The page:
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US dollar edges higher as CPI beats forecasts

H.S. Borji
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US dollar edges higher as CPI beats forecasts

The US dollar was higher Tuesday as consumer price inflation rose faster than forecast in March, official data showed.

Consumer inflation rose 0.2 percent in March, following a gain of 0.1 percent the previous month, the Labor Department reported today in Washington. Compared to a year ago, consumer prices rose 1.5 percent, following a 1.1 percent advance in February. The so-called core measure, which excludes volatile products such as food and energy, rose 0.2 percent. Compared to a year ago, core prices rose 1.7 percent.

A broad consensus of economists forecast inflation to rise 0.1 percent monthly and 1.4 percent annually.

The faster than expected jump in consumer prices failed to shift market sentiment toward monetary policy. Because inflation pressures are still considered benign, the Federal Reserve has ample scope to keep interest rates at record lows.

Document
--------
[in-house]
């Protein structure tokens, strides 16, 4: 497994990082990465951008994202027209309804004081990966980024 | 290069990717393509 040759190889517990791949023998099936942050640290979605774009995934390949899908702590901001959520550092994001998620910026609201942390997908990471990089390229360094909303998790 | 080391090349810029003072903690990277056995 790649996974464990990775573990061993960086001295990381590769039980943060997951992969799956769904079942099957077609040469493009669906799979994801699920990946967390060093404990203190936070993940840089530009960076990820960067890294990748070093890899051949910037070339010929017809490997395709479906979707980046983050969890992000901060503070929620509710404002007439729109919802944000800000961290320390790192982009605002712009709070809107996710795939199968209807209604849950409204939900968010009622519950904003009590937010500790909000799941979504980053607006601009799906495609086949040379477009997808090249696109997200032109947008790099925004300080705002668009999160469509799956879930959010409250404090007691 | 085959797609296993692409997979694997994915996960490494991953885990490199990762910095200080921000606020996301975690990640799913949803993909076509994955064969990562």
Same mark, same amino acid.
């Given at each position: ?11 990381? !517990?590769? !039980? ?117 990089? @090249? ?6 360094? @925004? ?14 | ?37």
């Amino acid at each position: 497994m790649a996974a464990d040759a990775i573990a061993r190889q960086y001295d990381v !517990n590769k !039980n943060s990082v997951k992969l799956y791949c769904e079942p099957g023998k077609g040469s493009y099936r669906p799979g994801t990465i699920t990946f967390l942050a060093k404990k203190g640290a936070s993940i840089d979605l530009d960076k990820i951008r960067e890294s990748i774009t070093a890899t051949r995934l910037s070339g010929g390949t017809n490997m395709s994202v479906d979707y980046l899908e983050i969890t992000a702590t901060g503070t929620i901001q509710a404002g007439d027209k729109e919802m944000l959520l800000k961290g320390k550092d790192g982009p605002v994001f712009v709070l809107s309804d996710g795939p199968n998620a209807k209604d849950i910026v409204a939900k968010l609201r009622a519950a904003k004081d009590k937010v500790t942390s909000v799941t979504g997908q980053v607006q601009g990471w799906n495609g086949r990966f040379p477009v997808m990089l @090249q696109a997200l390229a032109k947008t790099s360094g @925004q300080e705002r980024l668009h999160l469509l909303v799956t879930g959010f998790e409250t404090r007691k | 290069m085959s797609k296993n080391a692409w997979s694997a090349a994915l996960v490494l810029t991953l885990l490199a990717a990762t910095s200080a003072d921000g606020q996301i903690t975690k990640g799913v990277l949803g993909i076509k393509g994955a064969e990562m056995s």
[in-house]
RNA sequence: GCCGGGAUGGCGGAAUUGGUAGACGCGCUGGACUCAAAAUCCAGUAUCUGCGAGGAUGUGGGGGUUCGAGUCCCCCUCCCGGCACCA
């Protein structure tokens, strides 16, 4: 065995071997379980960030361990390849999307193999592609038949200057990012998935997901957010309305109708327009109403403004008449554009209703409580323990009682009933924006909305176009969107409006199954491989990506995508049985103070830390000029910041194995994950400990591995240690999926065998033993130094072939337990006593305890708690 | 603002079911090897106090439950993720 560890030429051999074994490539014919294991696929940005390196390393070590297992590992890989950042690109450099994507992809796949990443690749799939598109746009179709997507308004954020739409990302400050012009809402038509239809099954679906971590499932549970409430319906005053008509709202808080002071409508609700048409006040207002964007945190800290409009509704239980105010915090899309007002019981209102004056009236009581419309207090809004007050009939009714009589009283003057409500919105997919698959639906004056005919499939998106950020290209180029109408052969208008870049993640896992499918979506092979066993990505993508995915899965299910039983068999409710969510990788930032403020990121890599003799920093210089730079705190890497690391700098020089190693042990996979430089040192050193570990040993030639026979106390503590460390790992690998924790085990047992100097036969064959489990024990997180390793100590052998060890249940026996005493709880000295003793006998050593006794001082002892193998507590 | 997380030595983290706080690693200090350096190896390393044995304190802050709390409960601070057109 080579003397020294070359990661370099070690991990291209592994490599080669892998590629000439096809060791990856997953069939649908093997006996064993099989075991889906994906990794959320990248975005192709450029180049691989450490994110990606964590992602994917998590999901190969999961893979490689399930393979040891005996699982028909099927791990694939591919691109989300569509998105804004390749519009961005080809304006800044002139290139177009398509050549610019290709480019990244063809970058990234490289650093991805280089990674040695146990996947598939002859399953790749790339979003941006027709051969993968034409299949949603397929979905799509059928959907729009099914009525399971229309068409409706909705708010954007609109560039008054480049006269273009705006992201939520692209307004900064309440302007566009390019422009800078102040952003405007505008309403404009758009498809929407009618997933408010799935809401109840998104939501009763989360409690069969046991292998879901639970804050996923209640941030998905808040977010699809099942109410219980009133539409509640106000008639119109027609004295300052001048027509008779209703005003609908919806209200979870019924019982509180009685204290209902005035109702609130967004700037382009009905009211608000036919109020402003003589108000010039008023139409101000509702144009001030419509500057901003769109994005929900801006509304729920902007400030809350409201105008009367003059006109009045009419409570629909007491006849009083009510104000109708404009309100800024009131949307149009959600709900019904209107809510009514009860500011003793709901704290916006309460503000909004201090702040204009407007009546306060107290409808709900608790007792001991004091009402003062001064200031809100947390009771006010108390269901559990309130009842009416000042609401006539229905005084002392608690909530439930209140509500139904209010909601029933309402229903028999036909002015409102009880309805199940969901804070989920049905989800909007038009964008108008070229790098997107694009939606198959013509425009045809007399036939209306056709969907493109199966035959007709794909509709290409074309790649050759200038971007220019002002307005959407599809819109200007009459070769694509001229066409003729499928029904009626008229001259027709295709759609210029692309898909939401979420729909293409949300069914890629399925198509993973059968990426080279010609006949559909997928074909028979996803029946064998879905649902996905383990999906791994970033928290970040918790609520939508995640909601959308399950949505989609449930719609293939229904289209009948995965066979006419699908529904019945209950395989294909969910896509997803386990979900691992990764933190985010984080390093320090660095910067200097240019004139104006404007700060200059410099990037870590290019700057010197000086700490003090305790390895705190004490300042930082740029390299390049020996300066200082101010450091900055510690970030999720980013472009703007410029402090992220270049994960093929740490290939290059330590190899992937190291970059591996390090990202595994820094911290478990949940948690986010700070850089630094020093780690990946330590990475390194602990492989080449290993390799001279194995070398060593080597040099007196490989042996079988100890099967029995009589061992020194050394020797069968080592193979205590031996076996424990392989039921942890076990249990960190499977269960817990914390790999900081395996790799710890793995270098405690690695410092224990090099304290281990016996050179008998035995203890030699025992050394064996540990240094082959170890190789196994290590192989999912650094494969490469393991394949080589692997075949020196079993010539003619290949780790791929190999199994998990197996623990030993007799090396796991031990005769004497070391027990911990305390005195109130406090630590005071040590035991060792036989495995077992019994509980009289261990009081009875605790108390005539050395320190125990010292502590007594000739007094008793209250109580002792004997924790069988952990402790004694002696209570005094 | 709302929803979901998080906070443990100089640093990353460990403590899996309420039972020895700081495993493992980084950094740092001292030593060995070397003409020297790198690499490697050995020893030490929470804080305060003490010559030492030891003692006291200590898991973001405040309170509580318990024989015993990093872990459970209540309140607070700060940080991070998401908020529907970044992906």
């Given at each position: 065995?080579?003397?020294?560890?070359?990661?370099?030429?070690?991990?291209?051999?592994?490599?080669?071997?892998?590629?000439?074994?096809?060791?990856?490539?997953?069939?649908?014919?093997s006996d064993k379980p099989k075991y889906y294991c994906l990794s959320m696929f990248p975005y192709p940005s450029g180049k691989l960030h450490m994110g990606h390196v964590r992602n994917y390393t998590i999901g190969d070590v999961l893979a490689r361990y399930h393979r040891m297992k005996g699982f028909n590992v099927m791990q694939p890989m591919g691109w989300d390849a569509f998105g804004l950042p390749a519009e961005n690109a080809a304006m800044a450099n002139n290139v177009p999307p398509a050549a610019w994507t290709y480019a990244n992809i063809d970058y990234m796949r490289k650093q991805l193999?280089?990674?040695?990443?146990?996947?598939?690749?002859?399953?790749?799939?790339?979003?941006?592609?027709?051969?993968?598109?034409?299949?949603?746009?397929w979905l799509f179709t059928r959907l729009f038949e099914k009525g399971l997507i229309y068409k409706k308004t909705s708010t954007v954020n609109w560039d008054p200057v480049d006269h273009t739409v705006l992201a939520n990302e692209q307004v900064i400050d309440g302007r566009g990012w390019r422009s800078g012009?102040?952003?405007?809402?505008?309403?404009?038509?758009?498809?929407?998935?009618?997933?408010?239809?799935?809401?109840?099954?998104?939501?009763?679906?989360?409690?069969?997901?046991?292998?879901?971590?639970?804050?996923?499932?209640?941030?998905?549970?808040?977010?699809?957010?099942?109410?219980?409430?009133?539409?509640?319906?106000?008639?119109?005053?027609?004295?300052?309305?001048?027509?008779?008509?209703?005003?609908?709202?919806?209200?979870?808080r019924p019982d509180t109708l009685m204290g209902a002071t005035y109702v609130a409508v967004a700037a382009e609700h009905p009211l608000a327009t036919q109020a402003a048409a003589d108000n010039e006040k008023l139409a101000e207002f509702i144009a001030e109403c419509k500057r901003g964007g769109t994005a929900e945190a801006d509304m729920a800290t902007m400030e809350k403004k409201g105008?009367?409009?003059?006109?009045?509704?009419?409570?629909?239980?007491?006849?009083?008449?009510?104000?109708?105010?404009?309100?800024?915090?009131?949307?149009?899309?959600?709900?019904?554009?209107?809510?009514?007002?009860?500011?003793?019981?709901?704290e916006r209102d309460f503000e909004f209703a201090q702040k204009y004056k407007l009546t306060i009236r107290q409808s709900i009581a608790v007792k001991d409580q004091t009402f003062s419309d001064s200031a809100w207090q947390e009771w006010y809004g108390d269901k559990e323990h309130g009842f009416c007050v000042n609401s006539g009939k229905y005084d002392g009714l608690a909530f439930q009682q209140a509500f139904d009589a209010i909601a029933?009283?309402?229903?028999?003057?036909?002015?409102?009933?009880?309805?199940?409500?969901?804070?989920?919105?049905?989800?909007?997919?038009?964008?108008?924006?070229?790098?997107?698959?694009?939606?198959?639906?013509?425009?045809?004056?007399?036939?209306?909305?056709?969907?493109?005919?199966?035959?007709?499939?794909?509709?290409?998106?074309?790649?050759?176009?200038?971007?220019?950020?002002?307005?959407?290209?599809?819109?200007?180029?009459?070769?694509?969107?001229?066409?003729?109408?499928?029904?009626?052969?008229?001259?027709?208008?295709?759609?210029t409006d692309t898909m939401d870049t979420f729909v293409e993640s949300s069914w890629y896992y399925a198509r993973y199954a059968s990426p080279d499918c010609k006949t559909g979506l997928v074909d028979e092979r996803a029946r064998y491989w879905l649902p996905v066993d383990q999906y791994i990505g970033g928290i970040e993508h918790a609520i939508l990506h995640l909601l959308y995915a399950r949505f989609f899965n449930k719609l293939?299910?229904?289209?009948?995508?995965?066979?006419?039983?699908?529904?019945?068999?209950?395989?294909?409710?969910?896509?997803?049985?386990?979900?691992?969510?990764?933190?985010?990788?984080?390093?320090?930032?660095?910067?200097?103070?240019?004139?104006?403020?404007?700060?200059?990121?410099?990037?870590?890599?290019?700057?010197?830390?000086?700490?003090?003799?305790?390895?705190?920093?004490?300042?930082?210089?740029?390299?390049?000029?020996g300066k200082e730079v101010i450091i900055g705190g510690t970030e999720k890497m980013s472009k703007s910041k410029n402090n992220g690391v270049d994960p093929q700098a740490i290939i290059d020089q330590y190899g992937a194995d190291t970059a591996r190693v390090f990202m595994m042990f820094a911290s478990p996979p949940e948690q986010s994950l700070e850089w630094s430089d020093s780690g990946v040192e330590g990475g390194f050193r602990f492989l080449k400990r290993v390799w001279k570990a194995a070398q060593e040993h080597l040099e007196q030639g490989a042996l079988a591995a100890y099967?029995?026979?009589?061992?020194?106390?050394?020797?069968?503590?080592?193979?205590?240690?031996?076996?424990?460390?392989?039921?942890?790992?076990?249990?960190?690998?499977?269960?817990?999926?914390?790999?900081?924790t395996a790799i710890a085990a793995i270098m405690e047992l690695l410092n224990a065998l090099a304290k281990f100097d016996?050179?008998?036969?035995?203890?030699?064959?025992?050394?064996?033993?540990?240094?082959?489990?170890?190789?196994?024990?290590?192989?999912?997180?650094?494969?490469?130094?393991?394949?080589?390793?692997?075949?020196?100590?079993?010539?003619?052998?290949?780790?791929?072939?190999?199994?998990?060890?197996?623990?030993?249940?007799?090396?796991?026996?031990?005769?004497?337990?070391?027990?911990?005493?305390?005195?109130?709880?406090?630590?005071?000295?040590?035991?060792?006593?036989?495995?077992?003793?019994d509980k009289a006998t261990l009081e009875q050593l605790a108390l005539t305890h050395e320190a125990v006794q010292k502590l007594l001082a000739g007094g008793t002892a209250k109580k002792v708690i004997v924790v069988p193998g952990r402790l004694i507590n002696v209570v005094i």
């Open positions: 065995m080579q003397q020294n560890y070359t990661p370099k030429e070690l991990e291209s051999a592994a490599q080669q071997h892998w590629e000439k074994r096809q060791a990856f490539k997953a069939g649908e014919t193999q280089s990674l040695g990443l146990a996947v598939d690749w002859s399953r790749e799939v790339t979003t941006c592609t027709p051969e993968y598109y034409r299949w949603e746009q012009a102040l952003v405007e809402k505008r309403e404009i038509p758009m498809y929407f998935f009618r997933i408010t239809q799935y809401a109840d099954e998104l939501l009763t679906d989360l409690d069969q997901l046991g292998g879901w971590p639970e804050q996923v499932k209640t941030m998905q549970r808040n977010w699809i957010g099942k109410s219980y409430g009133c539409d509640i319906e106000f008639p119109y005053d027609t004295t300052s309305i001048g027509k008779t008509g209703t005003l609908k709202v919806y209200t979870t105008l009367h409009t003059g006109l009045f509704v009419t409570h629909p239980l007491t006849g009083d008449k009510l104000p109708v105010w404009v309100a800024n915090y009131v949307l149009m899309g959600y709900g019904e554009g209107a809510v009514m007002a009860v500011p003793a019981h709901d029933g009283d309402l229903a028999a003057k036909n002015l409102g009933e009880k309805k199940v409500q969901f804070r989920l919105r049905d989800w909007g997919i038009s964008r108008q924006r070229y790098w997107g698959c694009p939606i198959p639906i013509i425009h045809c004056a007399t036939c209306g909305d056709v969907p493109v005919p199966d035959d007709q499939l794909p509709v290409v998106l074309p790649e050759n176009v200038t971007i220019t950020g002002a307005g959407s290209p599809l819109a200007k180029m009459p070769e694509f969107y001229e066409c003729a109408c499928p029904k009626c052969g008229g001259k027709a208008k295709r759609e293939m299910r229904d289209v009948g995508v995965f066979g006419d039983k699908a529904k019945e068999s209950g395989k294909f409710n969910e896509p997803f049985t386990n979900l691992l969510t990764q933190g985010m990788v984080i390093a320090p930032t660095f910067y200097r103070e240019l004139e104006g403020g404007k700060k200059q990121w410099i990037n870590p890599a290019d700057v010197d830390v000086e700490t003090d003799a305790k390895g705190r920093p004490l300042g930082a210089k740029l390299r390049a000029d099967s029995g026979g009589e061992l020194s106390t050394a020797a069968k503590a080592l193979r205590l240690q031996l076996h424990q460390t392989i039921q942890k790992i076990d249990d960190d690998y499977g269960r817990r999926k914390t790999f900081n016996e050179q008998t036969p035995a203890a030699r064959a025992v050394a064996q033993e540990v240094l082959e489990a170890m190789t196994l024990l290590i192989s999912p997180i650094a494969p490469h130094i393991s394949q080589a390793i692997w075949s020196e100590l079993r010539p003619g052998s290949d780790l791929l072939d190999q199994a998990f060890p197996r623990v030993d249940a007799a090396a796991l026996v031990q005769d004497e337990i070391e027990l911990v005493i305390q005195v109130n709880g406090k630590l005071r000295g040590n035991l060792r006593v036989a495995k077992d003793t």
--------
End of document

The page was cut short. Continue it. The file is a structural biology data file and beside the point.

The US dollar index, which tracks the greenback’s performance against a basket of six major currencies, rose more than 0.1 percent to 79.84.

The US dollar was little changed versus the European rivals as a spate of economic data from the UK and Eurozone kept the markets speculating. In the early North American session the EURUSD pair was trading at 1.3802, down more than 0.1 percent. The British pound gained less than 0.1 percent to 1.7635 US.

The North American pair gained more than 0.3 percent to 1.1003 amid positive manufacturing shipment data from Canada.

The greenback still has ample room to maneuver this week, as building permits, housing starts and industrial production data make their way through the financial markets. The Labor Department will also report on weekly jobless claims Thursday before the market closes for Good Friday.

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